Brain holds more than one road to fear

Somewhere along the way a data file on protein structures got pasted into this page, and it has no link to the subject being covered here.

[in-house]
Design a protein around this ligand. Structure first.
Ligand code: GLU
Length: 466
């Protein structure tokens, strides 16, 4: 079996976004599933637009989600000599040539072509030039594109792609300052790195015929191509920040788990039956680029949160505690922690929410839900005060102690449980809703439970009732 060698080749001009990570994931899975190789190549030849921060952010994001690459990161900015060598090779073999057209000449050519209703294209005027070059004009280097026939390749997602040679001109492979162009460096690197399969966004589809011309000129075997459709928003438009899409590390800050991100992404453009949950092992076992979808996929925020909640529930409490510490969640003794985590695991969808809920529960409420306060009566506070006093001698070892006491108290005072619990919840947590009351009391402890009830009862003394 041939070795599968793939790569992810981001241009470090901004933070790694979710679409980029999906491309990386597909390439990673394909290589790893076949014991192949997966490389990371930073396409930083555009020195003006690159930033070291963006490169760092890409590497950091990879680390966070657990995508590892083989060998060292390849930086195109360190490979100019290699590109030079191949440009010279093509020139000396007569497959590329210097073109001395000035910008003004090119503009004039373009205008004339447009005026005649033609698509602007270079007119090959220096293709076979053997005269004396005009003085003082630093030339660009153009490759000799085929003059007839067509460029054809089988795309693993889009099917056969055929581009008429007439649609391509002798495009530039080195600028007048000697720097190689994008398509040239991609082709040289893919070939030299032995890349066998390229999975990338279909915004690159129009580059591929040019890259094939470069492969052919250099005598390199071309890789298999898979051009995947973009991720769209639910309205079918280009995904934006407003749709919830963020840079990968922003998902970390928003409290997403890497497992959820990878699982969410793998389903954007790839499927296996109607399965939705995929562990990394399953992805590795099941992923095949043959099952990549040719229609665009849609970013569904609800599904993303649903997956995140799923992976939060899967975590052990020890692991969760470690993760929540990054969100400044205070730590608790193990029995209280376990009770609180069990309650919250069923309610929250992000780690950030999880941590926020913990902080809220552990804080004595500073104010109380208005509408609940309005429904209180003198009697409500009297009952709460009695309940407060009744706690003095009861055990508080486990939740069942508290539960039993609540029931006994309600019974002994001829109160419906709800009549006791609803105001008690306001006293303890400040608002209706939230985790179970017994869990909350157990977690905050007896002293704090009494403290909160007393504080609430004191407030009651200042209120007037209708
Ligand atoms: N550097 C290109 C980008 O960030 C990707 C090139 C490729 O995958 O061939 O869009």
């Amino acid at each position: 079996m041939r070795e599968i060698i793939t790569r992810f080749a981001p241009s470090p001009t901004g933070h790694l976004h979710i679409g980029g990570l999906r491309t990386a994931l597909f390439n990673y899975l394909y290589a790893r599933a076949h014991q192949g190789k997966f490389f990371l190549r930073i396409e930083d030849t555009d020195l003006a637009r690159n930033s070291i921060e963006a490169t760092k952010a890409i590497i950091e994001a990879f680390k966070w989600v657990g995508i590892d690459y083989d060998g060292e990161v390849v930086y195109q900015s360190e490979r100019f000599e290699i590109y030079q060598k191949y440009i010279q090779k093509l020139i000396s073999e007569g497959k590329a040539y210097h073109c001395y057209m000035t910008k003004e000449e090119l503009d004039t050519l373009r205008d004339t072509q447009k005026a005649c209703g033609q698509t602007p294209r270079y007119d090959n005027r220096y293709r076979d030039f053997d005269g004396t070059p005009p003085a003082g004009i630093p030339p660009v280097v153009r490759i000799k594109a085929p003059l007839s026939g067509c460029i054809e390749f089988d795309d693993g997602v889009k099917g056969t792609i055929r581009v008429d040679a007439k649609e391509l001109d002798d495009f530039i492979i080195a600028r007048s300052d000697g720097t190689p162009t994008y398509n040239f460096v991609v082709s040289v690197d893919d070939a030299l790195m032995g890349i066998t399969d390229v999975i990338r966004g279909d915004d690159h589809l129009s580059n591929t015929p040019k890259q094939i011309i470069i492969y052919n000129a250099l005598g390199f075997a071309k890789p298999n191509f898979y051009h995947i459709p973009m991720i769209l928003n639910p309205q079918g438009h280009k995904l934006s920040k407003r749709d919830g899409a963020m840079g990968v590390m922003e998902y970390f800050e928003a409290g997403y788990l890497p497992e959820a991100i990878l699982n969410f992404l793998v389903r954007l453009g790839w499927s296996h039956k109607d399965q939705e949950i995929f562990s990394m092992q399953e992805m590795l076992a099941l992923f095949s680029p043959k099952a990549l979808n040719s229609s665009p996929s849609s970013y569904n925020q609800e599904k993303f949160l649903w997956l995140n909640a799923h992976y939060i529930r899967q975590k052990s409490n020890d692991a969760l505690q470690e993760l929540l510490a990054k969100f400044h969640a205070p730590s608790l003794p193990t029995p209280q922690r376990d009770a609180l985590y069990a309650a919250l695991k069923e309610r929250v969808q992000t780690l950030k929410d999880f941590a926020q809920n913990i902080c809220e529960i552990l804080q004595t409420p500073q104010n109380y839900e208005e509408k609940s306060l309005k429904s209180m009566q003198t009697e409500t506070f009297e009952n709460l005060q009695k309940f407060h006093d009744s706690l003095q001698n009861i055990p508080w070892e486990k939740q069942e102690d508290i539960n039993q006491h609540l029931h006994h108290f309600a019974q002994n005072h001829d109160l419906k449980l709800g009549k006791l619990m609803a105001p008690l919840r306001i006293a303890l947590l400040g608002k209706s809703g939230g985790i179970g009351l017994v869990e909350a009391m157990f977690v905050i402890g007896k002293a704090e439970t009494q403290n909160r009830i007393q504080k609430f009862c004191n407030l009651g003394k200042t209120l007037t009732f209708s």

FEAR FACTORS  Despite extensive damage in their amygdalae (red circles in these MRI scans), twin sisters A.M. and B.G. still can experience anxiety prompted by bodily cues, a new study shows.   S. Khalsa et al/Journal of Neuroscience 2016 In a pair of twin sisters, a rare disease had damaged the brain’s structures believed necessary to feel fear. But an injection of a drug could nevertheless make them anxious.  The results of that experiment, described in the March 23 Journal of Neuroscience, add to evidence that the amygdalae, small, almond-shaped brain structures tucked deep in the brain, aren’t the only bits of the brain that make a person feel afraid. “Overall, this suggests multiple different routes in the brain to a common endpoint of the experience of fear,” says cognitive…

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